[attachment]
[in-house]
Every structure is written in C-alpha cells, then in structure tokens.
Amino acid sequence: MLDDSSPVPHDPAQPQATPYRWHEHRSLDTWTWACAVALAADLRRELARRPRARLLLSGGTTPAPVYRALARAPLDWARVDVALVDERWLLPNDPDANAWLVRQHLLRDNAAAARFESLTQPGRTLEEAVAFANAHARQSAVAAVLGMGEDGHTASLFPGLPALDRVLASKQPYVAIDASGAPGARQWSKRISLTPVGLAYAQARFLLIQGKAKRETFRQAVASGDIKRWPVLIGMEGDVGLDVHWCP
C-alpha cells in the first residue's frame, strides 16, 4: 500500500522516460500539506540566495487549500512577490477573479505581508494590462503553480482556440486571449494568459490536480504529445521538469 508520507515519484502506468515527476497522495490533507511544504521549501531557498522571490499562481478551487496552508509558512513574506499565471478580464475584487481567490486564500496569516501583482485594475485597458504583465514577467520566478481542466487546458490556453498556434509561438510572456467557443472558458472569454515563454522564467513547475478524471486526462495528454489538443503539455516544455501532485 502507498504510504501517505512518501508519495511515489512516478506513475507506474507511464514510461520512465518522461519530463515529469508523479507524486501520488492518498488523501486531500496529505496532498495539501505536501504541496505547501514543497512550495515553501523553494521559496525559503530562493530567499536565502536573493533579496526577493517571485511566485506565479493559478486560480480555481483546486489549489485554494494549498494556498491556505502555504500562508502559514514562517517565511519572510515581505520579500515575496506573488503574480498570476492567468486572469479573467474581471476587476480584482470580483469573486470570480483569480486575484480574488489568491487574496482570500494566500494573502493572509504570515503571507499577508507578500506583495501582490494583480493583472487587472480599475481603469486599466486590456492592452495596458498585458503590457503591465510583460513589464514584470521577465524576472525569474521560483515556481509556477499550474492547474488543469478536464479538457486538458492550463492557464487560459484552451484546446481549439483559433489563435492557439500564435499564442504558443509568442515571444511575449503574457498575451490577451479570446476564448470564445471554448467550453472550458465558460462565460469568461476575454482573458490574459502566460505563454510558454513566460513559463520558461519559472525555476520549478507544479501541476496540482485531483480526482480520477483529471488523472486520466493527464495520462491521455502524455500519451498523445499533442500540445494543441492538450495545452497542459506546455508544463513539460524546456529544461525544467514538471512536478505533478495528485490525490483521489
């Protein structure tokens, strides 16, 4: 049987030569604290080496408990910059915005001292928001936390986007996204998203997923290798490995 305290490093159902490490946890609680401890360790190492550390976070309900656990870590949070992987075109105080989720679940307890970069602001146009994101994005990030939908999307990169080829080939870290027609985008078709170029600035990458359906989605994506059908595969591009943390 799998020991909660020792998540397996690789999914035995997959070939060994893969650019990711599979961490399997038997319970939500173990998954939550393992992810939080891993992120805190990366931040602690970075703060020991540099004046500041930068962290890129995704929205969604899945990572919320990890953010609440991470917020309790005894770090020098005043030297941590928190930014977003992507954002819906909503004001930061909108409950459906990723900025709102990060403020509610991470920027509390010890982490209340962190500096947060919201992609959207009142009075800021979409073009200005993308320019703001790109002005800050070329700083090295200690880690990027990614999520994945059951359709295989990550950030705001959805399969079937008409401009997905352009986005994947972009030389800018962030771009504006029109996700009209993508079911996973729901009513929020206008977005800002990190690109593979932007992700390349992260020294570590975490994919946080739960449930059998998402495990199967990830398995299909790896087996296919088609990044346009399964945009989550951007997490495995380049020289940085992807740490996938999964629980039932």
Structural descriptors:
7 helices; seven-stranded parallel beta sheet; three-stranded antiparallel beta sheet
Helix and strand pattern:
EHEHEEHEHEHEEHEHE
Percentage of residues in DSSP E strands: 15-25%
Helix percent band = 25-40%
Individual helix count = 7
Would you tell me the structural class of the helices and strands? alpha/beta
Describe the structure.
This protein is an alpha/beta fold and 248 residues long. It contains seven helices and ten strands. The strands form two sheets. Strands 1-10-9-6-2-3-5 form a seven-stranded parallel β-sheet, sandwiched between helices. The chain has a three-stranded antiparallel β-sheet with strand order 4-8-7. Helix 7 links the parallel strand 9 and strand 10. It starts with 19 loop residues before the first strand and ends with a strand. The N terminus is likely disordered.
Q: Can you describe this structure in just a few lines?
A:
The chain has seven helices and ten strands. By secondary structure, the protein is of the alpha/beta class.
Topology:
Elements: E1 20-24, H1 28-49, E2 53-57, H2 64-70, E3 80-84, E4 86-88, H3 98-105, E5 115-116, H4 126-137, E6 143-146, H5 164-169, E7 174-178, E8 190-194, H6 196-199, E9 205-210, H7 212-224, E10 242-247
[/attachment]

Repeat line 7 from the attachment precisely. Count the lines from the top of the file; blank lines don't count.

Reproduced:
7 helices; seven-stranded parallel beta sheet; three-stranded antiparallel beta sheet